Low-cost housing need triggers ballot measure

Daniel Mintz
Mad River Union

HUMBOLDT – ​With survey results showing strong support for developing more low-income housing, Humboldt County’s Board of Supervisors has approved placing a housing measure on the November election ballot.

​At their July 7 meeting, supervisors approved ballot measure language on allowing the county “to obtain state and federal funding to construct, develop, or acquire housing affordable for low-income families, seniors and people with disabilities within unincorporated areas, either directly or through assisting private projects.”

​The proposed measure is necessary to comply with Article 34 of the state constitution, which prohibits local governments from direct involvement in developing or funding housing projects unless voters approve.

​Miranda Everett of the FM3 consulting firm, which the county hired to conduct the surveying, outlined the favorable polling results.

​The firm polled 513 local voters from various parts of the unincorporated county area. Everett reported that 68 percent of them view the cost of housing as an extremely or very serious problem and 85 percent support having the county take a role in developing affordable housing.

​The proposed measure’s language drew overall 81 percent support in the polling, Everett told supervisors.

​“So there are very strong indications here that folks recognize the problem, that it’s pretty acute and that there is support in principle for a specific ballot measure that helps address these issues,” she said.

​The surveying showed that 78 percent of respondents support the highest low-income housing goal of 1,700 units, which would account for five percent of the county’s total number of units.

​A more conservative number, 870 units, gained a similar level of survey support, at 81 percent of respondents.

​Supervisor Rex Bohn noted that “in the unincorporated areas, nothing gets built very easily” and he asked Planning Director John Ford, “Are we still gonna have to suffer all the people saying it’ll kill the earth if we do this?”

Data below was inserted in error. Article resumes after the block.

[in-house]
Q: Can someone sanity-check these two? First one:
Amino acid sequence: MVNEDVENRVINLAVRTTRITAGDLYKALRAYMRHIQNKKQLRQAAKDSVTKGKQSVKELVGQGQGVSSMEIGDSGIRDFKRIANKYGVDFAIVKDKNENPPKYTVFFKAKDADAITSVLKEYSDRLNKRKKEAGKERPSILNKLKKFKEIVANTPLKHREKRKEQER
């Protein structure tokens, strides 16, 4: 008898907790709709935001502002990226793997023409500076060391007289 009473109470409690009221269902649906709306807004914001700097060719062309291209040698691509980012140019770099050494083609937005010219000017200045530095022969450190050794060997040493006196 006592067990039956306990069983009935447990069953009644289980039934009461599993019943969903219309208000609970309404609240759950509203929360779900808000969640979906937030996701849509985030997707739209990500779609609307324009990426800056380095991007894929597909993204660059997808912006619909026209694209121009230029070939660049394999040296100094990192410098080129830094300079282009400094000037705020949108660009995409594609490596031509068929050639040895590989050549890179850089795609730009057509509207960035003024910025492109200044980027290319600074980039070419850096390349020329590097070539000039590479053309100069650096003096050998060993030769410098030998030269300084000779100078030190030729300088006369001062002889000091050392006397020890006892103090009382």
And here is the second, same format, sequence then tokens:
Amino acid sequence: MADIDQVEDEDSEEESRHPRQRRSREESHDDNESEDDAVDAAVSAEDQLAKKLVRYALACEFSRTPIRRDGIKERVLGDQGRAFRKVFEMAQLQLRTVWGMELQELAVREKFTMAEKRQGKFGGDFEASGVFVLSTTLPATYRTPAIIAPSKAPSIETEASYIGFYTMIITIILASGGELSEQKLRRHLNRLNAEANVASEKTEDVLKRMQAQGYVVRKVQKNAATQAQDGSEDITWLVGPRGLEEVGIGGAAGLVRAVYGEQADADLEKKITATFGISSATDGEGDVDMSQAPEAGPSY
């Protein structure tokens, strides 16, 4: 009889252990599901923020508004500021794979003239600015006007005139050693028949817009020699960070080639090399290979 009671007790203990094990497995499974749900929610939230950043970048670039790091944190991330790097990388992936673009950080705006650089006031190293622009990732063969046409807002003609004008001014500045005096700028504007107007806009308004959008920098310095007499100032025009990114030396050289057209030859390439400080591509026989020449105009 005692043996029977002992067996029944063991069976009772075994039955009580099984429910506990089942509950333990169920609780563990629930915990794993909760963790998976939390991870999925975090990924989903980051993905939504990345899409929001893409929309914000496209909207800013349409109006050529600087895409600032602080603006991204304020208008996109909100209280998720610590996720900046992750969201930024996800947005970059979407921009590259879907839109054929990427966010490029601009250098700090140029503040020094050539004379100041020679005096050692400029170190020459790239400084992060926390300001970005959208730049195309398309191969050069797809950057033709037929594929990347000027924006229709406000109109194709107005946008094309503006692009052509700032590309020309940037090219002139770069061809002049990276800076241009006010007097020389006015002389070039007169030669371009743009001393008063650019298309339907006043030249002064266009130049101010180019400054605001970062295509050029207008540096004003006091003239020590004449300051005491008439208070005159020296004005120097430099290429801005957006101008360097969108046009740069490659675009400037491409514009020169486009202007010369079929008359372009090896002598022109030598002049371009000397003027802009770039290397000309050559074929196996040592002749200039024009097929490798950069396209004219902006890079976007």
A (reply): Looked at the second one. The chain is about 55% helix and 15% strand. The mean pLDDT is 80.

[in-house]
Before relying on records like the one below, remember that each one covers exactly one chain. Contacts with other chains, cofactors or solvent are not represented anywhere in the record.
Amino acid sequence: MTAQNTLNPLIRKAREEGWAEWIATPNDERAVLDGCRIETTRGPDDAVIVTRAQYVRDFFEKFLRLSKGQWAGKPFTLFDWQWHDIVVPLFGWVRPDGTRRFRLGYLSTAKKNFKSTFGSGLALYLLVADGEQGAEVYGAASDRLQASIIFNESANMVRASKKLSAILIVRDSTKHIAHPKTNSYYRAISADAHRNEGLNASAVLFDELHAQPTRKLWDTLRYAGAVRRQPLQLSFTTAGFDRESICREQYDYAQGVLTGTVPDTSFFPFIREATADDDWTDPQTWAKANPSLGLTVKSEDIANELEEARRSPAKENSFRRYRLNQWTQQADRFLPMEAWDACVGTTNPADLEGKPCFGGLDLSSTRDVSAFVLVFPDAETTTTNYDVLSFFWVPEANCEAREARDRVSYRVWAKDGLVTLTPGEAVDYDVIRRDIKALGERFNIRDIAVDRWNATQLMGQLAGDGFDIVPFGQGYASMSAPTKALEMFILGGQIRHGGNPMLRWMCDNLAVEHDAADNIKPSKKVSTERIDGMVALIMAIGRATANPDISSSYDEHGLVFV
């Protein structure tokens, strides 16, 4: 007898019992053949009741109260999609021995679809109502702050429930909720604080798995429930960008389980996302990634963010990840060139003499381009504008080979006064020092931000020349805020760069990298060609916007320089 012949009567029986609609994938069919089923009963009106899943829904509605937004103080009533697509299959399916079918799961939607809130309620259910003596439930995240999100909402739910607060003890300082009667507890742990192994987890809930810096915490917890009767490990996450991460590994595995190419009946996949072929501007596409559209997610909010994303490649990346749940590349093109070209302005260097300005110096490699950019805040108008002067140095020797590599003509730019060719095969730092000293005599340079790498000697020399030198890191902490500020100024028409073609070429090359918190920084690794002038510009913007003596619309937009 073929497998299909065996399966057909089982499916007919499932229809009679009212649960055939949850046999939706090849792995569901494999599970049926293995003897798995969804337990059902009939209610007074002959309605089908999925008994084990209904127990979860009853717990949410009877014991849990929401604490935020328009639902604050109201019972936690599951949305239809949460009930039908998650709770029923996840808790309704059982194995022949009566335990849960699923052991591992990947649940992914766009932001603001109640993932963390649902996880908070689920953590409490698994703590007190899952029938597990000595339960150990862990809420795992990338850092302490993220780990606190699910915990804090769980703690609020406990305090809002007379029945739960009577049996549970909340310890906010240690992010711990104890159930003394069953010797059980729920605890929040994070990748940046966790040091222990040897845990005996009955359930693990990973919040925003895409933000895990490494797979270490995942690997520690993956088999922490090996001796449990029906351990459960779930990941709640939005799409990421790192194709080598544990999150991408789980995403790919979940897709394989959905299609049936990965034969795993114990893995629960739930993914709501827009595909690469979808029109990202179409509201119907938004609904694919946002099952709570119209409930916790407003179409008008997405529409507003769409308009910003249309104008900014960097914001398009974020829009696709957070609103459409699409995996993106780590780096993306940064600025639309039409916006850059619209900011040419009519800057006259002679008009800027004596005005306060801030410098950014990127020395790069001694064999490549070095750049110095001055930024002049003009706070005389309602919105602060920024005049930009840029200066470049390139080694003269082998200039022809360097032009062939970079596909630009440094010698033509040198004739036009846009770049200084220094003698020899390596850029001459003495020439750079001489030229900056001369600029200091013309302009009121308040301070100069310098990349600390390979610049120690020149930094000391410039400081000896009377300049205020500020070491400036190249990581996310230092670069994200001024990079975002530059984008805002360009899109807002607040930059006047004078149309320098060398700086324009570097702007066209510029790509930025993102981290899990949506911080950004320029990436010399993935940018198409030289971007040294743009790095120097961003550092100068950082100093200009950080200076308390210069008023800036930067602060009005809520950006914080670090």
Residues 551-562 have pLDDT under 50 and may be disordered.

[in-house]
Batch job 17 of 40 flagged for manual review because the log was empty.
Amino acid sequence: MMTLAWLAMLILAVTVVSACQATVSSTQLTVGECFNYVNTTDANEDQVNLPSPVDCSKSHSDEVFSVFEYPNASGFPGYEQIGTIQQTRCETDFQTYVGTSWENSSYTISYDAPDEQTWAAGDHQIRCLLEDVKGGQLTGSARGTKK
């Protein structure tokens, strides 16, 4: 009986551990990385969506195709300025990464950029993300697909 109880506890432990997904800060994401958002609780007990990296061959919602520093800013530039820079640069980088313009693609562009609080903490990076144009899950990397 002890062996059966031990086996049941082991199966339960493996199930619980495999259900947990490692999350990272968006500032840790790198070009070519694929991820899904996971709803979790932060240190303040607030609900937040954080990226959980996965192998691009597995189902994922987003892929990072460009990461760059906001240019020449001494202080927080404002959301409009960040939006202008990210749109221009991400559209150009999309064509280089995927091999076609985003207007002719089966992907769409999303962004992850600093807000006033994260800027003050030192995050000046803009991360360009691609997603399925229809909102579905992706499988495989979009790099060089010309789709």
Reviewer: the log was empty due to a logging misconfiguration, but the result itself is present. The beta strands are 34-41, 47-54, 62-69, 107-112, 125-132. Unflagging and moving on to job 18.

​Describing the question as one that “always gets raised if any kind of development gets attempted,” Ford said the board “should have some confidence” in having the ability to choose appropriate locations for projects.

​“The county can be particular about trying to choose projects that minimize those kinds of concerns,” he continued.

​The measure drew support during a public comment session.  Kent Sawatzky of the Humboldt Taxpayers League said the measure is worthy of support and won’t affect local taxation.

​Colin Fiske of the Coalition for Responsible Transportation Priorities said his group also supports it and he encouraged choosing locations that are in or near population centers and accessible to services.

​Asked about the type of housing the county will sponsor, Ford said units classified as being for low or very low income residents are most needed.

​The state-mandated Regional Housing Needs Assessment sets planning goals for development of housing and the county’s development of low and very low income units is “way below what our regional share is,” said Ford.

​“So that’s really what we want to target,” he continued.

​Approval for putting the measure on the ballot with the 1,700-unit housing level was unanimous. A resolution formalizing the action will come to supervisors at their July 28 meeting.



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